Putting on the vest

I have a lot to thank James Cameron for. Whatever sins he has been guilty of since, in the mid ’80s he helped to change my life.

When I first saw Aliens I was 15 and living at a residential school in rural Devon for children in the Osho (Rajneesh) movement. I felt I was on the cusp of life; I felt the adult me was about to be born. I’d just arrived back from a visit to London where I’d actually met a boy I liked and who liked me in return (first time those two situations had aligned). Everyone over the age of ten crammed into a room and we watched Aliens on VHS. From the very beginning I was gripped. Ripley is both Cassandra, the woman fated to know the awful future, cursed to be never believed, and Odysseus, clever and tough but set against a range of opposing forces that obstruct her return to home and family. Ripley wears the action hero’s vest. In being a woman who acts, who is independent, who is a mother and a lover and draws fighting strength from her love, she was a new kind of heroine to me. In a world that obviously has more gender parity than our own, Ripley still stands out to those around her as ‘more equal than others’.

In the search for heroines amongst the women I’d been exposed to on screen, I’d found that I had to go back to the black-and-white women of Hollywood’s Golden Age. I loved irreverent Jean Harlow, breezy and modern Katherine Hepburn, devilish Bette Davis, sharp-shooting Barbara Stanwyck. I admired a lot of other women of that era but as a decidedly androgynous-feeling person, I was intimidated by the sexuality of Dietrich, the elegance and poise of Bacall. I loved them, but I could not identify with them. It was the same for most of the women presented to me in comtemporary roles: they were too pneumatic (Wonder Woman), too good (Charlie’s Angels), too princessy (Princess Leia), too clean (The Bionic Woman).

Ripley impressed by being six feet tall, taking no shit and working as hard as any motherfucker out there. She didn’t have to be clean or feminine to be sexy. She picked up her flamethrower and fought as a mother might fight, and she used her brains as well as her muscles. It was love. I had found my hero. That night a lot of the younger kids were scared by the film and so I led them around the house, armed with a big stick, bursting into the bedrooms with a shout, checking under everyone’s beds, even leaving my watch with my favourite kid as a ‘tracker’. It was simultaneously a childlike performance, acting out scenes from the film, and the first assumption of adult-like behaviour: taking charge and making the young ones feel safe. Something awoke in me that night, a new possibility. I’d always felt nervous and cowardly, anxious and weak. That night, my inner Ripley got to her feet and showed me that that was not the whole story. Being bullied had made me strong as well as paranoid. Being different and lonely had made me independent; I could stand apart when I needed to. Plus I had discovered how much I love action movies and how much of an outlet for my aggression and rage they could be.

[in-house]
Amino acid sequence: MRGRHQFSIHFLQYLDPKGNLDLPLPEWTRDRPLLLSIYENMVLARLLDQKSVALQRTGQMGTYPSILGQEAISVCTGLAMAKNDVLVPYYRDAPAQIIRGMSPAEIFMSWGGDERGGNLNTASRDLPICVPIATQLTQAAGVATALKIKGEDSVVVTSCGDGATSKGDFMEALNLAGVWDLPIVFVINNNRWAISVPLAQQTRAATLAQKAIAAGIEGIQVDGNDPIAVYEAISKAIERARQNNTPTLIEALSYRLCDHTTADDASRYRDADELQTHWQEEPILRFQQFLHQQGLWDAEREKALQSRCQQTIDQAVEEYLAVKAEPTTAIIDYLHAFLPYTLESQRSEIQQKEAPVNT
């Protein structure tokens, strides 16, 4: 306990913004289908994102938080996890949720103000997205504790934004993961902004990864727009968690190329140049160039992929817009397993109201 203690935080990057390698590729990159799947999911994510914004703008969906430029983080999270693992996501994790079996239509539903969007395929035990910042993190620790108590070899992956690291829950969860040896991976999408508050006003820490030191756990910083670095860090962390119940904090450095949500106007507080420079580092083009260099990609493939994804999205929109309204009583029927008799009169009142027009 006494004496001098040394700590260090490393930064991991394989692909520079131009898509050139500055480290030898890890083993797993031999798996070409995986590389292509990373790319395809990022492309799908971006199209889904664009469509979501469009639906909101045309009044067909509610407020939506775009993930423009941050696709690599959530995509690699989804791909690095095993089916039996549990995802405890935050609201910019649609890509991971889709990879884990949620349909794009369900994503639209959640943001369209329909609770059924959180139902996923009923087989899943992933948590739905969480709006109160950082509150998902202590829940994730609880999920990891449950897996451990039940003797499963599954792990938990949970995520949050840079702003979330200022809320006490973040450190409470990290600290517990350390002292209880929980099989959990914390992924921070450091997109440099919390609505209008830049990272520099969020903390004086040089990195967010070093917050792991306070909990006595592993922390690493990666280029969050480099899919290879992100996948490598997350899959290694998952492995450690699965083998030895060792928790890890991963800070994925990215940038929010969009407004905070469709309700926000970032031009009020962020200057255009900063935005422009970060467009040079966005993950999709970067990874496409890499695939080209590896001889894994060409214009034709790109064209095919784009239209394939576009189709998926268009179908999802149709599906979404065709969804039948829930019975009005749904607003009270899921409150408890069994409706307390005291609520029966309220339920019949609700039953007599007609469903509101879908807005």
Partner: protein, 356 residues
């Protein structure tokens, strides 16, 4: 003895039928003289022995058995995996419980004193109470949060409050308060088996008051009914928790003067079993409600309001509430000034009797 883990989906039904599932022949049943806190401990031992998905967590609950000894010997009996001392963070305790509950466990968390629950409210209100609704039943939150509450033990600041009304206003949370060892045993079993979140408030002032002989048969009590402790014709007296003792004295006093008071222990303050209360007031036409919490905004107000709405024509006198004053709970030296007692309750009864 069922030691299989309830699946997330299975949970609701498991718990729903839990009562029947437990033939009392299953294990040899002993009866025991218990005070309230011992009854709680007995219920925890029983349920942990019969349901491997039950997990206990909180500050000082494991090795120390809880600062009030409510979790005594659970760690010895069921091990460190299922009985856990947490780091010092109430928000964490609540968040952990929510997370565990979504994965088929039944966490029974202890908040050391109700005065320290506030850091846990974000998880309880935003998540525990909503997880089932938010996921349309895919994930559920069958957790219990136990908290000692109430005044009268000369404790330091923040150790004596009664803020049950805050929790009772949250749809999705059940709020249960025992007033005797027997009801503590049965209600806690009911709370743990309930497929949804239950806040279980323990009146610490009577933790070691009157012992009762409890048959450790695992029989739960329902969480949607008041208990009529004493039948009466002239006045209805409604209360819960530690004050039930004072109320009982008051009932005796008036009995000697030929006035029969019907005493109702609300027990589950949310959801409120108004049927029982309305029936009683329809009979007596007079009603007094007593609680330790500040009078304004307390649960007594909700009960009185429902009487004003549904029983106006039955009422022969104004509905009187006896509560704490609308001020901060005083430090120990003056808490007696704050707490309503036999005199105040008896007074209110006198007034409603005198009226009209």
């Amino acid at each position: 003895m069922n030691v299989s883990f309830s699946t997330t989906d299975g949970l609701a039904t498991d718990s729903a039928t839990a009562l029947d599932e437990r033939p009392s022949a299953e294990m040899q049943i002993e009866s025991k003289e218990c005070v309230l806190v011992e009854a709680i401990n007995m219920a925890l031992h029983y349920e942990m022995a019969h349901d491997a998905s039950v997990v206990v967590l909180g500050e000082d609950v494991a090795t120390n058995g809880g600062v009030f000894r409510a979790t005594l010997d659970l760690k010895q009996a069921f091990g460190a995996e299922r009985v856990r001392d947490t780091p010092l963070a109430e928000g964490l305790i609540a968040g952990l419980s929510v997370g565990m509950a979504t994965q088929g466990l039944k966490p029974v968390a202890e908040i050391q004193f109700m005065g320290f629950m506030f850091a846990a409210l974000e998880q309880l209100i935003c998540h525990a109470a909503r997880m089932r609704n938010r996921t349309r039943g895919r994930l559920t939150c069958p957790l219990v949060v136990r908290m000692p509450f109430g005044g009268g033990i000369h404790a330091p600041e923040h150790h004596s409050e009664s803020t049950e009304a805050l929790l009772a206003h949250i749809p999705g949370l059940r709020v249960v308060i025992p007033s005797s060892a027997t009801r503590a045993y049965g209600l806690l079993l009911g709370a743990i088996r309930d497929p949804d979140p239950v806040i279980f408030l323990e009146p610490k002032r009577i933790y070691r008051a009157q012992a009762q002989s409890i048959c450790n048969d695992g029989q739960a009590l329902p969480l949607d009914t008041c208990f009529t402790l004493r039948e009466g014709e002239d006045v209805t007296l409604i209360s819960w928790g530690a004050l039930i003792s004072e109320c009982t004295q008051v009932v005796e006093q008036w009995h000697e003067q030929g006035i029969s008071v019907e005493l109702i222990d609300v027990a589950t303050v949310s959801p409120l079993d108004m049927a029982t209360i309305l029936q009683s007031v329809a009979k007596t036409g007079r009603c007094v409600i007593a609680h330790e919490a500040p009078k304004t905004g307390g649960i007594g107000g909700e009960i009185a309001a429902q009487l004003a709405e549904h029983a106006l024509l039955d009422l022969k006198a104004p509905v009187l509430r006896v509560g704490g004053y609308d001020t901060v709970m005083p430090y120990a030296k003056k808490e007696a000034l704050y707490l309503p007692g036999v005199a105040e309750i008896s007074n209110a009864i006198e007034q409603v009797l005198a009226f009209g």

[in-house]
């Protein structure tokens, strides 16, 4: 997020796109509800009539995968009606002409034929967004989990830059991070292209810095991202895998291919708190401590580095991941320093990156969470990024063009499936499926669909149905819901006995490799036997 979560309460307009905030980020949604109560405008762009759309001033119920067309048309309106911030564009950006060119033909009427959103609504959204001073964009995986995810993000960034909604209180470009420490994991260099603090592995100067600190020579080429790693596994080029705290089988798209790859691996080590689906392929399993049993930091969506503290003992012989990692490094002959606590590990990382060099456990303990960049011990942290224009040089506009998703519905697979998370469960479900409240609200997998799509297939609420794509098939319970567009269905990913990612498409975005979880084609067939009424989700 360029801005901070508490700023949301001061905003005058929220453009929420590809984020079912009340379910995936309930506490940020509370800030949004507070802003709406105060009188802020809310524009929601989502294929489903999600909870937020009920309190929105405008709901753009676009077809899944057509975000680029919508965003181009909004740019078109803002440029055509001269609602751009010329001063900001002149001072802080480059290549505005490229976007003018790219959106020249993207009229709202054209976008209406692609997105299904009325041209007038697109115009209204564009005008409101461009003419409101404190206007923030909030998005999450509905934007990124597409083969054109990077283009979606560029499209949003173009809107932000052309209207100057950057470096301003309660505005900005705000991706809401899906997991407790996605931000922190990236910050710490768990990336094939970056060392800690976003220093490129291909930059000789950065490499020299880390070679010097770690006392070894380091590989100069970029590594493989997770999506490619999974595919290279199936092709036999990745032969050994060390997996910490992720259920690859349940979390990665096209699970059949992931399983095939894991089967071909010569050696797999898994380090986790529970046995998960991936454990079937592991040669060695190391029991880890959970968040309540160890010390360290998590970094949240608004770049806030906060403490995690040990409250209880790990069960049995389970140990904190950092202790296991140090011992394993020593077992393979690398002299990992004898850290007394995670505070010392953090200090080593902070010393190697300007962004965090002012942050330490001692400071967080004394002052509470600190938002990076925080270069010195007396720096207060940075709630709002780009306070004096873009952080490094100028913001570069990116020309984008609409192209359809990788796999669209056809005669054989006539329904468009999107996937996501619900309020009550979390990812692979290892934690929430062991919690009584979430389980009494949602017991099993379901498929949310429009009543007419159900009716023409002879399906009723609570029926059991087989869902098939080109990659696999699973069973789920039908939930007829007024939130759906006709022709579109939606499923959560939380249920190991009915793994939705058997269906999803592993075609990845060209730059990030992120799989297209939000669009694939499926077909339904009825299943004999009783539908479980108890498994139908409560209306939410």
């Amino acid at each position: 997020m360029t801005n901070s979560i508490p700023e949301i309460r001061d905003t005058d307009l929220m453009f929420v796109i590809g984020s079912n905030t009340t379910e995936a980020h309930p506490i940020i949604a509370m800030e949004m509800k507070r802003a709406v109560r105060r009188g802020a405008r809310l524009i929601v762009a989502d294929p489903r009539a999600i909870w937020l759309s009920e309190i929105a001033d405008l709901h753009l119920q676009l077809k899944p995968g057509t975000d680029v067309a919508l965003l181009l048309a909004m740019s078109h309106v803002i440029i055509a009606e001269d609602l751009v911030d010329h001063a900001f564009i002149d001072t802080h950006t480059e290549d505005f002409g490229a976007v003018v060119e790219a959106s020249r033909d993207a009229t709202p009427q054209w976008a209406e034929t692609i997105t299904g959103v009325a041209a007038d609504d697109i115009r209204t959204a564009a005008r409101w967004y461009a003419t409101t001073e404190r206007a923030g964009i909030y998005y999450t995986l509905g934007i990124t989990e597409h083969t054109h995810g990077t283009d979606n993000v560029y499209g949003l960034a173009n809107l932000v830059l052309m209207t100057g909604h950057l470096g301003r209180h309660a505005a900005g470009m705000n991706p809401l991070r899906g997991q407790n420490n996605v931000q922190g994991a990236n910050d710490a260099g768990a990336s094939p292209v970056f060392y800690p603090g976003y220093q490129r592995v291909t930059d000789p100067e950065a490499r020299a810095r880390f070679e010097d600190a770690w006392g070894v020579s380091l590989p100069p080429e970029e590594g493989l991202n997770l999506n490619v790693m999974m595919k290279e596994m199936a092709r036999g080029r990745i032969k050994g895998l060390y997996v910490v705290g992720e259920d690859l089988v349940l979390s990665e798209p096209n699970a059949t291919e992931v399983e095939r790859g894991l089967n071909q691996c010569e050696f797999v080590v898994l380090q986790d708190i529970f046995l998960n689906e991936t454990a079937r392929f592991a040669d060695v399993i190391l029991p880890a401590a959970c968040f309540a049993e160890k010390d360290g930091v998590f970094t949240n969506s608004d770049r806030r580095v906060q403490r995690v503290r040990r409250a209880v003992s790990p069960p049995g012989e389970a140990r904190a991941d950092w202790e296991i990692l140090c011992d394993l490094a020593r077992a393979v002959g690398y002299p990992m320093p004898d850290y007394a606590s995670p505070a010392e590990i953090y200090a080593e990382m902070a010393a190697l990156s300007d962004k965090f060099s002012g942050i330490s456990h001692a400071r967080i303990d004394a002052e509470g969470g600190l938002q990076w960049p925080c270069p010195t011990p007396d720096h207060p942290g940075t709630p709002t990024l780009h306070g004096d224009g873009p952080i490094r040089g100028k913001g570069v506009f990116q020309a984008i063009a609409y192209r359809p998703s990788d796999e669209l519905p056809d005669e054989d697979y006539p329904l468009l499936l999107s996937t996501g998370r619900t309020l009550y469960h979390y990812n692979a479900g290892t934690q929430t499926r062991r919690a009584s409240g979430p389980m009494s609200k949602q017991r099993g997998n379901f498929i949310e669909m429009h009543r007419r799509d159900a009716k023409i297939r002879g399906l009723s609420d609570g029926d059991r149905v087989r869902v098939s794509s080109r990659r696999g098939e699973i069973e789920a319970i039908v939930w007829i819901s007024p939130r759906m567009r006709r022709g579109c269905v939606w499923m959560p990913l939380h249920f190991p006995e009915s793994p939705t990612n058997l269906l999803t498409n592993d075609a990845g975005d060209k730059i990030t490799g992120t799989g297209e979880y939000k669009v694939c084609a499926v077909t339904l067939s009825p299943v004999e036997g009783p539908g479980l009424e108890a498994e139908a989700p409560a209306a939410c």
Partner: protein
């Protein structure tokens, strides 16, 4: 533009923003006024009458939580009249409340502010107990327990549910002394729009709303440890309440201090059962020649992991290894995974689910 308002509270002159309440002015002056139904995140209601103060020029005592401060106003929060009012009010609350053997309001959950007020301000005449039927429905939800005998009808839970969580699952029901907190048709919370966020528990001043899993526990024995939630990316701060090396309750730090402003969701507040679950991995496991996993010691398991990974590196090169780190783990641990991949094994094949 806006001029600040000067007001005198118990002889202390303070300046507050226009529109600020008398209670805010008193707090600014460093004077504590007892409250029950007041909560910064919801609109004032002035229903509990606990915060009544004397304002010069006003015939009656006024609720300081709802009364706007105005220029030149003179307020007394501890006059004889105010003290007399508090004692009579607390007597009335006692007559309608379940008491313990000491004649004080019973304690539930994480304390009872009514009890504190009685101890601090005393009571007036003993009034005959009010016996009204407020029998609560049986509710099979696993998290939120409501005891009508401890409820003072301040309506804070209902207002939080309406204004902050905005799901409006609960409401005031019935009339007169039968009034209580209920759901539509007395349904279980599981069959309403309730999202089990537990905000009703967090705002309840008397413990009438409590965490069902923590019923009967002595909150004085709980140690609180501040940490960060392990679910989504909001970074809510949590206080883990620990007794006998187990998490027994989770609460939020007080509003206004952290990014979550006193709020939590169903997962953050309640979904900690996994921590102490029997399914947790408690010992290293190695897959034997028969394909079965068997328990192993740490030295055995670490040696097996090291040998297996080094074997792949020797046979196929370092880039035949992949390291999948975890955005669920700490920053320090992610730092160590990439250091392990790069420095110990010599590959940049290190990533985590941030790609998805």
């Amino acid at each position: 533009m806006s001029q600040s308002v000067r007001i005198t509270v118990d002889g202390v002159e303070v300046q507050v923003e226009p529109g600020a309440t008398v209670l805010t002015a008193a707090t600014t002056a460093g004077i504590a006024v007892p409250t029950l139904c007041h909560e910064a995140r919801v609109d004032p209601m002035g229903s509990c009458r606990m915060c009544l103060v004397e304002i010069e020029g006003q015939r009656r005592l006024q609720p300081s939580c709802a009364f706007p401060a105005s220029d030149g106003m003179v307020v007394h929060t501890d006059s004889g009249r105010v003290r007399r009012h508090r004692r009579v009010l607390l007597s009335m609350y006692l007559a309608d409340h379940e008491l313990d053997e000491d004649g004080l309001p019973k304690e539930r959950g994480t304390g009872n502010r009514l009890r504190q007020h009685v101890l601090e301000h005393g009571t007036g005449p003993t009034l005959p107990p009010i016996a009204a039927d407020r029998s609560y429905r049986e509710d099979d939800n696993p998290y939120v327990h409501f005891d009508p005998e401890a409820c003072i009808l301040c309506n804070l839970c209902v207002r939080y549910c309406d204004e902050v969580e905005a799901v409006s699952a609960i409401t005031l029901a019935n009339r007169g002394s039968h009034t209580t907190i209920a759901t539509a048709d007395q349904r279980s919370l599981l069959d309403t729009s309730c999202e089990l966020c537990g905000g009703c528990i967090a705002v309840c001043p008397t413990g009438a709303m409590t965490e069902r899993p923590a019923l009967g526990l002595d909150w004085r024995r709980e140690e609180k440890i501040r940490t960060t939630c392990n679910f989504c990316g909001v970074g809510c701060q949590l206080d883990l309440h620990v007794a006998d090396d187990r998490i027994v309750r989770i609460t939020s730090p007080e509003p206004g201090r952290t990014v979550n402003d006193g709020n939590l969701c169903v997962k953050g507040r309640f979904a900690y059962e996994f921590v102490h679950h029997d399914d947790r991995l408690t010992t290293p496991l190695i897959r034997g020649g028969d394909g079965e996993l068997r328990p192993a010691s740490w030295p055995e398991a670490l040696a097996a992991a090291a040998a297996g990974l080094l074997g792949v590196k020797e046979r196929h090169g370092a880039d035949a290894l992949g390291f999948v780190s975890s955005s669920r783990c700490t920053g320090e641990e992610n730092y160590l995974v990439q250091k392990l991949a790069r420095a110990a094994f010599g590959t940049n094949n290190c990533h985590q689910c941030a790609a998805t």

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Cameron and his wife, Linda Hamilton also created the amazing figure of Sarah Connor in the Terminator movies, who, although seriously disturbed, is another action hero who is not confined to the usual gender roles, not forced to be good or sexy or even sane in order for us to root for her. These women are mothers who have been forced into existential battles and then chosen the fight over everything else, neglecting their parental role like a man is allowed to. They ‘wear the vest’, strap on weapons, lace up their boots, and learn how to handle the hardware. They battle against fearsome monsters and bang their heads against dark corporate entities and manage to be much more intelligent and humane, less casually psychopathic, than Arnie, Bruce or Sly.

I know that I have disgusted people of taste over the years with my preference for Aliens over Alien. I don’t care. I don’t care about taste or what critics think. I even like Alien 3. I will never forget what Ripley did for me that night. It’s been a long wait for us to see such powerful women on screen again. Nowadays we are used to women fighting, firing guns, flying spaceships. They can even turn out to be the Jedi-in-waiting, which I admit did both delight me and bring a tear to my eye in the latest Star Wars Franchise offerings. But while they are in lycra or latex or corsets,* while they have perfect lipgloss and hair and wear high heels and have Barbie-doll figures, while they have to be good or feminine, they remain unbelievable and inaccessible to me. Give me a woman in army boots and a vest, a complicated and imperfect woman who will stub out her fag with a tired sigh and get to work, getting sweaty and dirty in the process. Give that woman a flamethrower and I will be in heaven.**

*Not Michelle Pfieffer’s Catwoman, I really liked her even though she breaks all the rules I list here. She’s just so deliciously bad and insane.
**As I write, I realise that this is basically a vision of me doing archaeology with a flamethrower.

 

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